I was sorting my gear in our bedroom when Jim Gold came down to get me. (The bedrooms and showers were on a lower level than the dining room and deck.) He said I really had to see what was happening outside. Suddenly the fog had cleared and the view in all directions was pretty spectacular. Here is a 17 image panorama I took at 3:49 PM.
The following slide show contains 18 images taken between 3:48 and 4:19 PM. The person in two of the photos is Jim Gold. The bird in the photos is a Snow Finch, also known as a Snowfinch or a White-winged Snowfinch. In one of the photos you can see Martin with his cell phone at the far left on the deck. In another photo he can be seen with his phone outside getting a photo of the valley far below. We met Martin on the bus the first day. I hiked with him for parts of several days. We traveled with him on the bus to Belluno and in a taxi to Venice at the end of our hike.
I walked somewhat down to the top station for the cable car. From there I got a nice view looking east. I did not realize at the time but I was photographing the area where we would walk the next day and the rifugio we were heading toward.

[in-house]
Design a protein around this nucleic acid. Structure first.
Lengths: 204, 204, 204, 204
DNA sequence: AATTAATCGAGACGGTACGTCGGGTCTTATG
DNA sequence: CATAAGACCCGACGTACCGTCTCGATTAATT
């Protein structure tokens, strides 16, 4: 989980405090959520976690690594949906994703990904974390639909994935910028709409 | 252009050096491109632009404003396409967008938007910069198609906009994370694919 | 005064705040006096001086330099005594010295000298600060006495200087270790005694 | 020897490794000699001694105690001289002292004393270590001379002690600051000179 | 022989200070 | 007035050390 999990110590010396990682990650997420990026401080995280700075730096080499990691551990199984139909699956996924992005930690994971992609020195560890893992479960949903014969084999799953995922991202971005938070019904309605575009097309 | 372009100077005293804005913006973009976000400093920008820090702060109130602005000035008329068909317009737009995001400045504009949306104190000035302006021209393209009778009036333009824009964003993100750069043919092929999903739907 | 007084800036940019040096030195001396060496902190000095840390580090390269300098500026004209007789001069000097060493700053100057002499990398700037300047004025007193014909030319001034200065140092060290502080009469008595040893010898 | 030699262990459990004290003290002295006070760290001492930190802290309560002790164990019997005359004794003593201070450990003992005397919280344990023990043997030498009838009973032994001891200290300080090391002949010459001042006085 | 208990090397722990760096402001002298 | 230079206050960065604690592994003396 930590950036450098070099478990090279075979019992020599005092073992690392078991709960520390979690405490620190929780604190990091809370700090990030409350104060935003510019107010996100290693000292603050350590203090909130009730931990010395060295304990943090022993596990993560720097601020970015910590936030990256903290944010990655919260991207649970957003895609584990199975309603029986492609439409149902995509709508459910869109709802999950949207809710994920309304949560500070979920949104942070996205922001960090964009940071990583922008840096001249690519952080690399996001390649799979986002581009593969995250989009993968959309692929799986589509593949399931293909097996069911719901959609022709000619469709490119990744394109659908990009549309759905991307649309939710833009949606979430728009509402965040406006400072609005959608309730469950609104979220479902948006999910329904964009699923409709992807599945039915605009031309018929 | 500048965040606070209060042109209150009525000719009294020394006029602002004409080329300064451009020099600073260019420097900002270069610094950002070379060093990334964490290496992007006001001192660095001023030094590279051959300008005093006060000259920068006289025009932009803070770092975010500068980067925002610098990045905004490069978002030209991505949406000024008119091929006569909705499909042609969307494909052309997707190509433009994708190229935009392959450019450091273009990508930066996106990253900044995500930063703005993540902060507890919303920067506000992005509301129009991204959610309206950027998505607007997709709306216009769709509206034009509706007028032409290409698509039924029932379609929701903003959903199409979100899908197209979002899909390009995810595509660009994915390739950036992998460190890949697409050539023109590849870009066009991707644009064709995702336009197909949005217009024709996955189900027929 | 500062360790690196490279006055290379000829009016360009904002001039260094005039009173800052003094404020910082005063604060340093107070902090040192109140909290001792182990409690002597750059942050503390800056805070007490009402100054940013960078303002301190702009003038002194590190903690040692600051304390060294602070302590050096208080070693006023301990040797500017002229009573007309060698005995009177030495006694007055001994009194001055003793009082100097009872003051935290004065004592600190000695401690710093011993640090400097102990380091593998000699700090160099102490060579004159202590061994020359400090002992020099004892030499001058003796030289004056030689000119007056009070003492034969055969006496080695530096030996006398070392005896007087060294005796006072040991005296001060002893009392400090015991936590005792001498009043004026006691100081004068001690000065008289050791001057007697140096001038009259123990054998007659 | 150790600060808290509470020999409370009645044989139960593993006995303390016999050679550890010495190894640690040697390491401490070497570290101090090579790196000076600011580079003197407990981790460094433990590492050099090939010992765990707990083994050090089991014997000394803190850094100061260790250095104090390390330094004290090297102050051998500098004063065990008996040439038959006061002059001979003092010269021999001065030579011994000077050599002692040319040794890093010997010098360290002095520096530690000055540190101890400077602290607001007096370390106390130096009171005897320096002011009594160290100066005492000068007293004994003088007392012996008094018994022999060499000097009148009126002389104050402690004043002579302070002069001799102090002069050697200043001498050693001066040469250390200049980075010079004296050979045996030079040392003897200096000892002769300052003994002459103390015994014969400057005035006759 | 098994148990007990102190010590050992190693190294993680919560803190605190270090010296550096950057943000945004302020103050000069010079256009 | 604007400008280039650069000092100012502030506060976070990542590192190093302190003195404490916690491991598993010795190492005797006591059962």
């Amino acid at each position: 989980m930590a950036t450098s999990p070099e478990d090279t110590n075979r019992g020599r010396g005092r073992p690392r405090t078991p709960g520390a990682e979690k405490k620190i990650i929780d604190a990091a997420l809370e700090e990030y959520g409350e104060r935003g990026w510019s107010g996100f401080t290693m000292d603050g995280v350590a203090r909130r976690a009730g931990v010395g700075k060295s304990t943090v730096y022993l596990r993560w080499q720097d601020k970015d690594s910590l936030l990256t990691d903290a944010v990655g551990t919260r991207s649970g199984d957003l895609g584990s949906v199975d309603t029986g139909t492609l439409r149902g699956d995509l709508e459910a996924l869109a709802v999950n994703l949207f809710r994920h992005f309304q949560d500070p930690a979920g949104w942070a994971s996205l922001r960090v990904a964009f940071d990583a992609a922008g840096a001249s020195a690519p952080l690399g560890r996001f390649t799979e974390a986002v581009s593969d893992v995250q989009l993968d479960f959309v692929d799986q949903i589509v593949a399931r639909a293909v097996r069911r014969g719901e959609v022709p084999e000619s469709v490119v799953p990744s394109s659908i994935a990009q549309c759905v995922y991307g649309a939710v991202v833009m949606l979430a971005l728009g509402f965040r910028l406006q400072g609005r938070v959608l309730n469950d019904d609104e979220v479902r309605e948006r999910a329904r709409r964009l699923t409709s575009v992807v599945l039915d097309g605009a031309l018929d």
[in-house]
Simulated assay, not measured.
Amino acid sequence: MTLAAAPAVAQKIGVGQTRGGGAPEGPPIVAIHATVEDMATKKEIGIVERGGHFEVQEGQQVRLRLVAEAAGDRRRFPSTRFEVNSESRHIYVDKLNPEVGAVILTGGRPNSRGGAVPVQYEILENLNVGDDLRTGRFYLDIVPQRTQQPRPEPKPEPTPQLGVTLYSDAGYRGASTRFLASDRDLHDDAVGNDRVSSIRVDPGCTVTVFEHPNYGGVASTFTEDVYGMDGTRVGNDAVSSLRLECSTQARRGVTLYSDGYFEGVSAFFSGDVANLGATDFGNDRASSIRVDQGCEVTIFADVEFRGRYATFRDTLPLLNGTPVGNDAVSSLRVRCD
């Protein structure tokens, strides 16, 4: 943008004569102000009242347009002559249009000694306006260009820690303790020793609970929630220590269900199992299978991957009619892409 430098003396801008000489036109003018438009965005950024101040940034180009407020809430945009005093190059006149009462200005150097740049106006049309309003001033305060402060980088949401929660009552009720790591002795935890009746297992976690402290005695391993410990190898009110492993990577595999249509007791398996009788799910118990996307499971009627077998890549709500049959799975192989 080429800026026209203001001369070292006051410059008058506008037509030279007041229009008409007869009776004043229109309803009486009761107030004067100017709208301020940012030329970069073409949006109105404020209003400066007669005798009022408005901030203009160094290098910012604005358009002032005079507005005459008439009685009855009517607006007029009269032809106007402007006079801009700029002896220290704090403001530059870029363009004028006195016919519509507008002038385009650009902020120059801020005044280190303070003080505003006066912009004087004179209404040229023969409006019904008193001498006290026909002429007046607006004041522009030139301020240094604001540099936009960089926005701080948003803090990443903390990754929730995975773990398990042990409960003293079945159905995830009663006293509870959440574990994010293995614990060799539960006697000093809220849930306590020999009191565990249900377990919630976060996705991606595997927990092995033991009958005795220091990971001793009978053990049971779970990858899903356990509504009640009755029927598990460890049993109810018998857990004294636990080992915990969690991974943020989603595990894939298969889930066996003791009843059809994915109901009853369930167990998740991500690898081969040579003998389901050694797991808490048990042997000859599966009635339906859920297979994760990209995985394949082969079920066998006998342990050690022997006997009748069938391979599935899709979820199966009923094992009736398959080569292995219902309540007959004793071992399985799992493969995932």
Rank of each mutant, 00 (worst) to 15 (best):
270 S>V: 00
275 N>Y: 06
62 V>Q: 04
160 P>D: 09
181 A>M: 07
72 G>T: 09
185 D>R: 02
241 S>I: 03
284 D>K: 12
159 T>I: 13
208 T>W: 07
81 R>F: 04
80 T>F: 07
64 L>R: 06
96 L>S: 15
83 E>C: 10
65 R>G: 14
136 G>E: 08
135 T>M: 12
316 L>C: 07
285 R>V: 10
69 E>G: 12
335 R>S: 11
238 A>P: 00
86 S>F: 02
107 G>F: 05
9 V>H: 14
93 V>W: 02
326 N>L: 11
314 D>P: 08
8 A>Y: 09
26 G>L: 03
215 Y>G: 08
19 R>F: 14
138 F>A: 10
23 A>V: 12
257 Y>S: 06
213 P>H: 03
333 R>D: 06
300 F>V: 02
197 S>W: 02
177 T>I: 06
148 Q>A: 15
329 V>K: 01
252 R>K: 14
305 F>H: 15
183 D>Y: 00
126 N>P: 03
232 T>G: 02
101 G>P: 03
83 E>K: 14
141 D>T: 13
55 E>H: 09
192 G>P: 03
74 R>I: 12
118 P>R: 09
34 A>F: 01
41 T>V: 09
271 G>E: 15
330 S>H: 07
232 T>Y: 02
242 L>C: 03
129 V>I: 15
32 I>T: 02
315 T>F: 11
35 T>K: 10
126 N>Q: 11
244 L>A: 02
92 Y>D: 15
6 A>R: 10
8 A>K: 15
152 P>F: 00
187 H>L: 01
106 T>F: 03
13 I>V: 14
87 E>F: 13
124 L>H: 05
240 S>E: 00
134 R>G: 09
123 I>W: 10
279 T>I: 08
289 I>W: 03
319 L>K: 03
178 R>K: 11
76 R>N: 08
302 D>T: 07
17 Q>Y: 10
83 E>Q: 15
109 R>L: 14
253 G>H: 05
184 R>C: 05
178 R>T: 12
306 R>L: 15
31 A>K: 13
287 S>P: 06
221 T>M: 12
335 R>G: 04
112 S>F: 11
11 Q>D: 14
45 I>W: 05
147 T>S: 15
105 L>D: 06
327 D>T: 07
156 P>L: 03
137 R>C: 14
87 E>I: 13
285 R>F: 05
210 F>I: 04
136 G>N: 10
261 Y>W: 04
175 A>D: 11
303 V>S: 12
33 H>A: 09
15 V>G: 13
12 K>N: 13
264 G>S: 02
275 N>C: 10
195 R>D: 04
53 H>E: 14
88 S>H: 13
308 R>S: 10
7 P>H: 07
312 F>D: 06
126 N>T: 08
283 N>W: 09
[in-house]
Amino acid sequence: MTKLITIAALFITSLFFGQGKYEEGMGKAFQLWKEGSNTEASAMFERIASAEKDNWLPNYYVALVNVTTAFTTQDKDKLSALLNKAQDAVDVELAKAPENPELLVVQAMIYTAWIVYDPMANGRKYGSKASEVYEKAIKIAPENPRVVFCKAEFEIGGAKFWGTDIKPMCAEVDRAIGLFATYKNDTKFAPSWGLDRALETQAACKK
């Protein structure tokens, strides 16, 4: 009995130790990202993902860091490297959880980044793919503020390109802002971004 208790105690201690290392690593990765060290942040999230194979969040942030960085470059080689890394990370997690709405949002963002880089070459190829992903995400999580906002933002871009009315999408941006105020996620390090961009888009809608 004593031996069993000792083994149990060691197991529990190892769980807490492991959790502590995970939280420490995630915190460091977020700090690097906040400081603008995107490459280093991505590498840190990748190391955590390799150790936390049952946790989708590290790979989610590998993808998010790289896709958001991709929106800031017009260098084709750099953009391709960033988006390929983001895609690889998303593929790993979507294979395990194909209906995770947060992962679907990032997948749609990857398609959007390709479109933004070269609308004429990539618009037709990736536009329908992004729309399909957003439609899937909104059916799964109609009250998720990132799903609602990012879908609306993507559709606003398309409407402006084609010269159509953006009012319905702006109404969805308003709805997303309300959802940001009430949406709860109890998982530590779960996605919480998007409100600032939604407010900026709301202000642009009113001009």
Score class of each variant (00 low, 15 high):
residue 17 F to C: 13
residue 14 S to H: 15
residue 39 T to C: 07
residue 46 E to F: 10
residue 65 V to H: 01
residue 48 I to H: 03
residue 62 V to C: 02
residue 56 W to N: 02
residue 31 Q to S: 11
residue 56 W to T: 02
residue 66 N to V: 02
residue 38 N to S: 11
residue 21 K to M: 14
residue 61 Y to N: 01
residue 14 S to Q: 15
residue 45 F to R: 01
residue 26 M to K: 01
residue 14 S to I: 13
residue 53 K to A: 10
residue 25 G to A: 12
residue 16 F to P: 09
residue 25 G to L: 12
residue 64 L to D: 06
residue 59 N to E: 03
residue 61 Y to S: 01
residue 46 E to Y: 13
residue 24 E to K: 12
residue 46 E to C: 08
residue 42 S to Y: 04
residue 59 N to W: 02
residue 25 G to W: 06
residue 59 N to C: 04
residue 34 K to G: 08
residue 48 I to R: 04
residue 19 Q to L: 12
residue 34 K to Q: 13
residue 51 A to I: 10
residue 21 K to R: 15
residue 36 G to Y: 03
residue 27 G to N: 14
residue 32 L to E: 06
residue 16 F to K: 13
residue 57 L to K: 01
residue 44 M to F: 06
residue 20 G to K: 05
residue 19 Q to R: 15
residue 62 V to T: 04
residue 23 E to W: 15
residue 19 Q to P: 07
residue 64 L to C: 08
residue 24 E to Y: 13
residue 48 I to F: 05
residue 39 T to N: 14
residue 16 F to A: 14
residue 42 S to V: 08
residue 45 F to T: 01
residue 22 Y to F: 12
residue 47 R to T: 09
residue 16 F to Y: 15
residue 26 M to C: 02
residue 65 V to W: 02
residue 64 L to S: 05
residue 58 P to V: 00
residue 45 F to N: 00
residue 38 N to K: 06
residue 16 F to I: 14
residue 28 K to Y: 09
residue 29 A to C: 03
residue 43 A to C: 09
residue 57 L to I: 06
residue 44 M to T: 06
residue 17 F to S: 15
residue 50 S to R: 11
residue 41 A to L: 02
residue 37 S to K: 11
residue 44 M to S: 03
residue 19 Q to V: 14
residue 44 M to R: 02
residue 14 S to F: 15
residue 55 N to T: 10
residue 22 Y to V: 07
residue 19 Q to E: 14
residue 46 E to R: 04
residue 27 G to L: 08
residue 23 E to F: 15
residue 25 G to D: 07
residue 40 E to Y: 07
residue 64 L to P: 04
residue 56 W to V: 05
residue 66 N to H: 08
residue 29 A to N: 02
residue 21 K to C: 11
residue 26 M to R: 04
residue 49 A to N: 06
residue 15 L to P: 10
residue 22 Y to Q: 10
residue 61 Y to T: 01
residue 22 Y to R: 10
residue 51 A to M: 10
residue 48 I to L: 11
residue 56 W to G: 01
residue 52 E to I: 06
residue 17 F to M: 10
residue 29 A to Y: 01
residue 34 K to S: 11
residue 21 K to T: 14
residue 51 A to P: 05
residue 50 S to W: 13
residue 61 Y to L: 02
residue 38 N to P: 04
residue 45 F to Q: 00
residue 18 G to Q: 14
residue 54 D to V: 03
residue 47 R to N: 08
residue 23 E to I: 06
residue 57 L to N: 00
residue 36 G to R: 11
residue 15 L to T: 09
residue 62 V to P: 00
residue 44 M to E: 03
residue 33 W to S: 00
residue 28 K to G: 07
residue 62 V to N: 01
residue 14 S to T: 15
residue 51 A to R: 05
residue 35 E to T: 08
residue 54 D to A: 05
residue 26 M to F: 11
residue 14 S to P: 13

When I got back Michael Seufert had arrived and was showing where he and his sons had hiked up via ferrata trails.
But things were happening quickly outside as the clouds moved through the valleys below us. Here is a photo of Cinque Torri (“five towers”).
Here is a clearer shot of Rifugio Nuvolau than shown previously. You can see it is right at the top of a very dramatic peek. To the left you can see Cinque Torri.
This photo shows Cinque Torri in the foreground, the Lastoi de Formin mastiff in the middle ground, and the jagged peaks of Croda de Lago in the back.
There were some interesting black birds around so I walked out to the point where Michael was in a previous photo. These birds are Alpen Dohles.
Below is a view looking southeast showing the trail up to Rifugio Nuvolau and also Cortina at the far left of the image.
The seven shot panorama above shows some of the mountains and features that we could view looking east from Lagazuoi.
Here is a closer up view of Rifugio Nuvolau and its neighbors.